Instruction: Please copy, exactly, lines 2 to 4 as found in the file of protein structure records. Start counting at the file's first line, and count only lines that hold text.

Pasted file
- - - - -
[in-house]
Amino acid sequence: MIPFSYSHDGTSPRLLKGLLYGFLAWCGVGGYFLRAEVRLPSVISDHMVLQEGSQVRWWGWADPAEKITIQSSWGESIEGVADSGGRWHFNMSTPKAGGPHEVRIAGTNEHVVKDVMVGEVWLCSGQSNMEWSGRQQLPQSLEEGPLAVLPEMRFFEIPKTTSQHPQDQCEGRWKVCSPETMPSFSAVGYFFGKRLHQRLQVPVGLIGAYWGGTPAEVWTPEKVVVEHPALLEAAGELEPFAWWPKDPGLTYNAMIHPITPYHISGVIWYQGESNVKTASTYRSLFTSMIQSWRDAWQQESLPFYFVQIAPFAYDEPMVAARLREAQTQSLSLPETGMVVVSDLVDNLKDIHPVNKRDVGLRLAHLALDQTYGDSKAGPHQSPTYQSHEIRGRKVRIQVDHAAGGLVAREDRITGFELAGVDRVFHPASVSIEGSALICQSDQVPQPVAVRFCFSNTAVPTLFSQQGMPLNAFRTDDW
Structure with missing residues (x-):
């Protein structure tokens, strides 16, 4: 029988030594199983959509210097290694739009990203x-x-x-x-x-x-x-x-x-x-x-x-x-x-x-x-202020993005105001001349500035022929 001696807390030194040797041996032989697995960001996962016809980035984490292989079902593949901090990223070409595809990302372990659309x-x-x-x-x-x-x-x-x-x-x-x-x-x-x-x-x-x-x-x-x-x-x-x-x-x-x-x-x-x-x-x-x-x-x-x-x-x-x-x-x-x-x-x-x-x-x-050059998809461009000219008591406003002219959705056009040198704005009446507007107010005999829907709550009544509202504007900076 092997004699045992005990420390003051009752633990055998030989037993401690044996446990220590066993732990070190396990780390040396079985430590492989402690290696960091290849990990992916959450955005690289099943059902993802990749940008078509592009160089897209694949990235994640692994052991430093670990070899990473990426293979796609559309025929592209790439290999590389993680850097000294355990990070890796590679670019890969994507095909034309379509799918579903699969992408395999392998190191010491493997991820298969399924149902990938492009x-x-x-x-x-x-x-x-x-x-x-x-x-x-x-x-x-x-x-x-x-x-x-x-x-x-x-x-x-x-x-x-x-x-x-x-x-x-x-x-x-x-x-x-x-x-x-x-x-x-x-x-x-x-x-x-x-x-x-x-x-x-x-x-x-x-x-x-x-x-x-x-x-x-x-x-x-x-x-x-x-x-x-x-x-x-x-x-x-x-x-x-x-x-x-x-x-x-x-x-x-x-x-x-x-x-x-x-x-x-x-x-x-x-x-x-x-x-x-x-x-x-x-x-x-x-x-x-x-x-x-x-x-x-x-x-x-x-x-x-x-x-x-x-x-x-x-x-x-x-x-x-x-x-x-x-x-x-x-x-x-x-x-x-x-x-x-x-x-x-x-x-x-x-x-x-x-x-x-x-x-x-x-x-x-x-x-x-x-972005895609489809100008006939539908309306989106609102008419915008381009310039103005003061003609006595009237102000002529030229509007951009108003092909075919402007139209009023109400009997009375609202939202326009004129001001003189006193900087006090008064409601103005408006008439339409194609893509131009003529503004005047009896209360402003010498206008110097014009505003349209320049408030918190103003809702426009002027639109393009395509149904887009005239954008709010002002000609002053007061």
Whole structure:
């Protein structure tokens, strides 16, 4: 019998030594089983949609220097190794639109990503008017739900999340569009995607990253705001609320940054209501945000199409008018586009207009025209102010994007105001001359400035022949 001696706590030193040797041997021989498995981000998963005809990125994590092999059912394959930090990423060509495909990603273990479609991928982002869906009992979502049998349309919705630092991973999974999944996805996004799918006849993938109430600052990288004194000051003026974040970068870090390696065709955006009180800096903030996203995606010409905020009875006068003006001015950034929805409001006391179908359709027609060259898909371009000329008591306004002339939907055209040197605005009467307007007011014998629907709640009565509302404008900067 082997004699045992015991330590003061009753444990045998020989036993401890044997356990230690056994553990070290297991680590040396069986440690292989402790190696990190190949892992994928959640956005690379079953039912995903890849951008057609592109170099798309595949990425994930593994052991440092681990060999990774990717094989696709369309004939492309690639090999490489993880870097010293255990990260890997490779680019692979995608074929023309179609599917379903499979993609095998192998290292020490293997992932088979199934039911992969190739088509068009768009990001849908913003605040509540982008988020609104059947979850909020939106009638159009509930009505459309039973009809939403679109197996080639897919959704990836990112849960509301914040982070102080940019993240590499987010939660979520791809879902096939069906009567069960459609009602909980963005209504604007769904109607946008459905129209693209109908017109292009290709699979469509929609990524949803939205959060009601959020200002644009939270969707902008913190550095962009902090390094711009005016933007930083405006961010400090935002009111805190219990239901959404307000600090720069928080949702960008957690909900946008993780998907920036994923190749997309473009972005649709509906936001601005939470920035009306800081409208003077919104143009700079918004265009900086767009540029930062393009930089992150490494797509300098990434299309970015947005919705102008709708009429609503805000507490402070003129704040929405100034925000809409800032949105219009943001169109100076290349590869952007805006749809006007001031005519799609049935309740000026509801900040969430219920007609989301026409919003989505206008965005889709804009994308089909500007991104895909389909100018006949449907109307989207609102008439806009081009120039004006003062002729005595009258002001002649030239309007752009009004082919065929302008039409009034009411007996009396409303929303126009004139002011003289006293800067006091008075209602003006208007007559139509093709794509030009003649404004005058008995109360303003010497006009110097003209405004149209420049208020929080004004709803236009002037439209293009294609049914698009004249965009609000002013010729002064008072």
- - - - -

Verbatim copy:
Amino acid sequence: MIPFSYSHDGTSPRLLKGLLYGFLAWCGVGGYFLRAEVRLPSVISDHMVLQEGSQVRWWGWADPAEKITIQSSWGESIEGVADSGGRWHFNMSTPKAGGPHEVRIAGTNEHVVKDVMVGEVWLCSGQSNMEWSGRQQLPQSLEEGPLAVLPEMRFFEIPKTTSQHPQDQCEGRWKVCSPETMPSFSAVGYFFGKRLHQRLQVPVGLIGAYWGGTPAEVWTPEKVVVEHPALLEAAGELEPFAWWPKDPGLTYNAMIHPITPYHISGVIWYQGESNVKTASTYRSLFTSMIQSWRDAWQQESLPFYFVQIAPFAYDEPMVAARLREAQTQSLSLPETGMVVVSDLVDNLKDIHPVNKRDVGLRLAHLALDQTYGDSKAGPHQSPTYQSHEIRGRKVRIQVDHAAGGLVAREDRITGFELAGVDRVFHPASVSIEGSALICQSDQVPQPVAVRFCFSNTAVPTLFSQQGMPLNAFRTDDW
Structure with missing residues (x-):
């Protein structure tokens, strides 16, 4: 029988030594199983959509210097290694739009990203x-x-x-x-x-x-x-x-x-x-x-x-x-x-x-x-202020993005105001001349500035022929 001696807390030194040797041996032989697995960001996962016809980035984490292989079902593949901090990223070409595809990302372990659309x-x-x-x-x-x-x-x-x-x-x-x-x-x-x-x-x-x-x-x-x-x-x-x-x-x-x-x-x-x-x-x-x-x-x-x-x-x-x-x-x-x-x-x-x-x-x-050059998809461009000219008591406003002219959705056009040198704005009446507007107010005999829907709550009544509202504007900076 092997004699045992005990420390003051009752633990055998030989037993401690044996446990220590066993732990070190396990780390040396079985430590492989402690290696960091290849990990992916959450955005690289099943059902993802990749940008078509592009160089897209694949990235994640692994052991430093670990070899990473990426293979796609559309025929592209790439290999590389993680850097000294355990990070890796590679670019890969994507095909034309379509799918579903699969992408395999392998190191010491493997991820298969399924149902990938492009x-x-x-x-x-x-x-x-x-x-x-x-x-x-x-x-x-x-x-x-x-x-x-x-x-x-x-x-x-x-x-x-x-x-x-x-x-x-x-x-x-x-x-x-x-x-x-x-x-x-x-x-x-x-x-x-x-x-x-x-x-x-x-x-x-x-x-x-x-x-x-x-x-x-x-x-x-x-x-x-x-x-x-x-x-x-x-x-x-x-x-x-x-x-x-x-x-x-x-x-x-x-x-x-x-x-x-x-x-x-x-x-x-x-x-x-x-x-x-x-x-x-x-x-x-x-x-x-x-x-x-x-x-x-x-x-x-x-x-x-x-x-x-x-x-x-x-x-x-x-x-x-x-x-x-x-x-x-x-x-x-x-x-x-x-x-x-x-x-x-x-x-x-x-x-x-x-x-x-x-x-x-x-x-x-x-x-x-x-972005895609489809100008006939539908309306989106609102008419915008381009310039103005003061003609006595009237102000002529030229509007951009108003092909075919402007139209009023109400009997009375609202939202326009004129001001003189006193900087006090008064409601103005408006008439339409194609893509131009003529503004005047009896209360402003010498206008110097014009505003349209320049408030918190103003809702426009002027639109393009395509149904887009005239954008709010002002000609002053007061």